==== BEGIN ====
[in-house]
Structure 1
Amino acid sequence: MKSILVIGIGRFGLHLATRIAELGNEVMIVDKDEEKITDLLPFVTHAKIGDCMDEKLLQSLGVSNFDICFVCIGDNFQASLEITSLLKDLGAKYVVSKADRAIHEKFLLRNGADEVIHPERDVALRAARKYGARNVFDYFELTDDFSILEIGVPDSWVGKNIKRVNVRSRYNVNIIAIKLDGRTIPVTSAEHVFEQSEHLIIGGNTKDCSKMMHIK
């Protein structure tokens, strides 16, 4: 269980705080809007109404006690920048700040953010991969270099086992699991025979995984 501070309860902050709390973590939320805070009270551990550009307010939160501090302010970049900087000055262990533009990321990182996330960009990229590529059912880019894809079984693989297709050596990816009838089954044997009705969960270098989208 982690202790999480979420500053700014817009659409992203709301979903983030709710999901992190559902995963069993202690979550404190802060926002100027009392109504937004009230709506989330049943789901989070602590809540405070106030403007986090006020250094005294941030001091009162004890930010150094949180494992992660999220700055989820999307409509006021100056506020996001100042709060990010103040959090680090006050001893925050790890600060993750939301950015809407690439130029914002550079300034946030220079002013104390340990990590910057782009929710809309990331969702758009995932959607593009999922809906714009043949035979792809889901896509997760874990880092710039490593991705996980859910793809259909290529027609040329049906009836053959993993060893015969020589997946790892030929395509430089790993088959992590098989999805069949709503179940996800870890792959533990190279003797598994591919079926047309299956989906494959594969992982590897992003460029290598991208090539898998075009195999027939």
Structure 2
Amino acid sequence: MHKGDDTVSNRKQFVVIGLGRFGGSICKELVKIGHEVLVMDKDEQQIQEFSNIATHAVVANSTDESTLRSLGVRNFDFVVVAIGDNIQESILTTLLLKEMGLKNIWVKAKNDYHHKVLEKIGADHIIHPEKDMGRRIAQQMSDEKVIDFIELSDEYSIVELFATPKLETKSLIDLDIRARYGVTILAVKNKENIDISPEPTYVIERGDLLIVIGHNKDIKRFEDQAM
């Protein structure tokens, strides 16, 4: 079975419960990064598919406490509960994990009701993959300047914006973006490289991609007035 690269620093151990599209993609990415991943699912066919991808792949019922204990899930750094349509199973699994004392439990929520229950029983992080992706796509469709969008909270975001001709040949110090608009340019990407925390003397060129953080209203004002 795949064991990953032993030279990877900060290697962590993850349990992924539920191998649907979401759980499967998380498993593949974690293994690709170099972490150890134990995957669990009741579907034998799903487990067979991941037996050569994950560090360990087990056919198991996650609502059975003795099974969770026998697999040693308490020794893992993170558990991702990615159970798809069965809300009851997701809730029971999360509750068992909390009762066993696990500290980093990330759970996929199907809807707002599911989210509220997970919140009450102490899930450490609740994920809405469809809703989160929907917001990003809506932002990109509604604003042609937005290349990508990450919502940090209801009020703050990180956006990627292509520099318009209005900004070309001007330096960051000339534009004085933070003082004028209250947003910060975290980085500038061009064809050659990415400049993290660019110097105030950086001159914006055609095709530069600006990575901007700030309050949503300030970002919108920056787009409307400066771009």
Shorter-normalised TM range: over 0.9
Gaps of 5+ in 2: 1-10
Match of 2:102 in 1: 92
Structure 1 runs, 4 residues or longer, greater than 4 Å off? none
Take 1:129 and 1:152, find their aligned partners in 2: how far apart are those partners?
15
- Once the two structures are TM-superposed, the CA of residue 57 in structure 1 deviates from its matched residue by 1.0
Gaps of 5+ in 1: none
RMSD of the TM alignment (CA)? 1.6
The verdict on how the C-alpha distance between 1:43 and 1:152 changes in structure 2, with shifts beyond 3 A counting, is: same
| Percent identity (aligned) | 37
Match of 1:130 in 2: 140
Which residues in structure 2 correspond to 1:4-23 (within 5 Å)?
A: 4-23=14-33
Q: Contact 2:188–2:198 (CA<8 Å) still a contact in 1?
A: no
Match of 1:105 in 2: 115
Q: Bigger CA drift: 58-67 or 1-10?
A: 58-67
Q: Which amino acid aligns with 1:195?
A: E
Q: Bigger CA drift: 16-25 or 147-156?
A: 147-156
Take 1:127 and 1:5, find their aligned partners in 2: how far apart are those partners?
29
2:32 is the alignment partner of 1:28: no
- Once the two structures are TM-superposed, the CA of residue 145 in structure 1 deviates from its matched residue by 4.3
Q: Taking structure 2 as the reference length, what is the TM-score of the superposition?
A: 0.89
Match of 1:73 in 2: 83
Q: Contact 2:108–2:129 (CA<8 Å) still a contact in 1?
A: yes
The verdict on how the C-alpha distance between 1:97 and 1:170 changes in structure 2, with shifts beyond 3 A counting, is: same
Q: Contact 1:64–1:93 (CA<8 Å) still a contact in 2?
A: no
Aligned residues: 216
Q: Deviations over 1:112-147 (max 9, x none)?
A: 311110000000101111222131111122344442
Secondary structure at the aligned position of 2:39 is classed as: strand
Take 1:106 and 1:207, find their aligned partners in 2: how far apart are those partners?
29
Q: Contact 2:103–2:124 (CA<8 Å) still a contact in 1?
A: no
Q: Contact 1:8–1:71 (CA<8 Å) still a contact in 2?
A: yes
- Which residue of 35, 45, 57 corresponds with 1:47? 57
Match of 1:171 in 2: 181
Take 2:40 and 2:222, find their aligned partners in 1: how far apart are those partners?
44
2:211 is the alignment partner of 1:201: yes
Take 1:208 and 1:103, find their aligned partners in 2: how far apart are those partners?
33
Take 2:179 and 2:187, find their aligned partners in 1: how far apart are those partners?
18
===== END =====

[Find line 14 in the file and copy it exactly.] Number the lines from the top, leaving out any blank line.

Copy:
- Once the two structures are TM-superposed, the CA of residue 57 in structure 1 deviates from its matched residue by 1.0